German city declares ‘Nazi emergency’

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Dresdan: The German city of Dresdan has declared a “Nazi emergency”, saying it has a serious problem with the far right.

“‘Nazinotstand’ means – similar to the climate emergency – that we have a serious problem. The open democratic society is threatened,” local councillor Max Aschenbach, who tabled the motion, told the BBC on Saturday.

Aschenbach, from left-leaning satirical political party Die Partei, said he believed it was necessary to take action because politicians were not doing enough to “position themselves clearly” against the far-right.

“The request was an attempt to change that. I also wanted to know what kind of people I’m sitting with in the city council of Dresden,” he said.

The resolution acknowledges that “right-wing extremist attitudes and actions… are occurring with increasing frequency” and calls on the city to help victims of far-right violence, protect minorities and strengthen democracy.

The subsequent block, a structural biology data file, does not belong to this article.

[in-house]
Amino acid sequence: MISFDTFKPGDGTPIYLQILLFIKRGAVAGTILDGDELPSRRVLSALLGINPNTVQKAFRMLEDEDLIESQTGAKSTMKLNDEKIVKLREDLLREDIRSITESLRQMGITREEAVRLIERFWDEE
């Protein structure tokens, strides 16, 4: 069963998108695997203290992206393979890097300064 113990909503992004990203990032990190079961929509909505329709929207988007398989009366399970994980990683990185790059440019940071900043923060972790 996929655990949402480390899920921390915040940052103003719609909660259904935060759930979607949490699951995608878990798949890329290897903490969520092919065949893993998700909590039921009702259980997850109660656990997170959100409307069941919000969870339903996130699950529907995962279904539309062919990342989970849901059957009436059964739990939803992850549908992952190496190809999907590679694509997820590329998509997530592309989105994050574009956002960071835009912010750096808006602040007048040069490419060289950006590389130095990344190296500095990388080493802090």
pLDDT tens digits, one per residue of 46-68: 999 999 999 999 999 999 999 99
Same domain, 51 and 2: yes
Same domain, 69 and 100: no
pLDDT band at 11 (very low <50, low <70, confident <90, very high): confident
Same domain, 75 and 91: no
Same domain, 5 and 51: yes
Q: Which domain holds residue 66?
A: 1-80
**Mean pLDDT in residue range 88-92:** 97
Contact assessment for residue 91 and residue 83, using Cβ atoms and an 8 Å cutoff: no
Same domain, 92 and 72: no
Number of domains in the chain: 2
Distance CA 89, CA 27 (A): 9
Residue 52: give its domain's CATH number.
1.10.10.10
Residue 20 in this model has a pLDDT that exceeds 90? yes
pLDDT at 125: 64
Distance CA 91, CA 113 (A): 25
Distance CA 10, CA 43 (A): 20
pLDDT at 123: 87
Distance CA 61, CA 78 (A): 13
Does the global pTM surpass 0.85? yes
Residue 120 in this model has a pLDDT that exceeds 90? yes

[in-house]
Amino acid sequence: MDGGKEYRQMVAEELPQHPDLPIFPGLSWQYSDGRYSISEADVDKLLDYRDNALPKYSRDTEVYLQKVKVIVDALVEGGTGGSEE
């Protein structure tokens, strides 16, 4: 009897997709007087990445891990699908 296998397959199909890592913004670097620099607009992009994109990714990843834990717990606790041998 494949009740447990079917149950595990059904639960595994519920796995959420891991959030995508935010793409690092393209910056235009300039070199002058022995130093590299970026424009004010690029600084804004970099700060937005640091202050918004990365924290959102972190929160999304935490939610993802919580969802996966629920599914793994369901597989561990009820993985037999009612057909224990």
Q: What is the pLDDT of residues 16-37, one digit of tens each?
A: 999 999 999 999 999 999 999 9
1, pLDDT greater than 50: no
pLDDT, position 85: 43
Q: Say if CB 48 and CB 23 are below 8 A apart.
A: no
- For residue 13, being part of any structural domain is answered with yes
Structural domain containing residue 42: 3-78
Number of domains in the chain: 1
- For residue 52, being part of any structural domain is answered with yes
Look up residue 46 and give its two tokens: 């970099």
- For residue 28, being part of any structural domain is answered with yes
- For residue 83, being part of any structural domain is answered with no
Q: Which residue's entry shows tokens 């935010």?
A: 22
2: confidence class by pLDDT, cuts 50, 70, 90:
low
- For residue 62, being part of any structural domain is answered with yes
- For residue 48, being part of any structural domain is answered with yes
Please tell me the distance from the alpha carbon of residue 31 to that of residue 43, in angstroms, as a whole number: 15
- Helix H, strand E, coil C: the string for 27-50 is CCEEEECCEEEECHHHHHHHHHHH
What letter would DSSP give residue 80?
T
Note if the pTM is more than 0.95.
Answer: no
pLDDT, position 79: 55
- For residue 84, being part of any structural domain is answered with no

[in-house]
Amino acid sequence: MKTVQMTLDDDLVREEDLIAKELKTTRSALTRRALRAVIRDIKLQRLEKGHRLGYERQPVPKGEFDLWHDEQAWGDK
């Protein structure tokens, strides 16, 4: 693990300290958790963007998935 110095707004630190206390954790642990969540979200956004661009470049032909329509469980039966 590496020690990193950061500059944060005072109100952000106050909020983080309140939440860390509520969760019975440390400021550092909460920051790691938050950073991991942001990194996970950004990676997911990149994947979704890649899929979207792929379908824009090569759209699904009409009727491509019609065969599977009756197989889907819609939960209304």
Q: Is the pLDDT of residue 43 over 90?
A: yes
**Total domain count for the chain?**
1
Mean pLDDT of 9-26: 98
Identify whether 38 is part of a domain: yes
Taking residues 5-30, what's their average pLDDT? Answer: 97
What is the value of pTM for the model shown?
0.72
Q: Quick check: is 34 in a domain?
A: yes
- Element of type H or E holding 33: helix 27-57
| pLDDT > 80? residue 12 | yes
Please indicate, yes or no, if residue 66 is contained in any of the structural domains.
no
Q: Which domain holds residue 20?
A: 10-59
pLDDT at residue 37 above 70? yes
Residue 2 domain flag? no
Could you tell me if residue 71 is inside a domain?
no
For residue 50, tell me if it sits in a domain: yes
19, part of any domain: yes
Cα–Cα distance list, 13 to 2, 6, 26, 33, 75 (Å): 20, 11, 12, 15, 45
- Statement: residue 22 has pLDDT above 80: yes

Aschenbach told the BBC that adopting the motion showed the city council’s commitment to fostering “a free, liberal, democratic society that protects minorities and resolutely opposes Nazis”.

Aschenbach’s resolution was put to a vote by Dresden’s city council on Wednesday night.

It was approved by 39 votes to 29, with Germany’s governing Christian Democrats (CDU) among those to have rejected it, according to local media reports.

The CDU described the resolution as “pure political symbolism” and said the strong wording was a “linguistic error”, German news agency DPA reported.

Germany’s liberal Free Democrats (FDP) backed the legislation, but one councillor criticised the term “Nazi emergency”.

Dresden, the capital of Saxony, has long been known for its links to the far right, the BBC reported.

In the early 1990s, neo-Nazi groups began staging rallies to remember what they called “the bombing Holocaust”, when the city was bombed by British and American forces in 1945.

The state of Saxony has also long been a stronghold of the far-right National Democratic Party of Germany (NPD) and later the far-right Alternative for Germany (AfD) party.

Dresden is also where the anti-Islam Pegida (Patriotic Europeans against the Islamisation of the West) movement began in 2014, and where it continues to hold rallies.

(Agencies)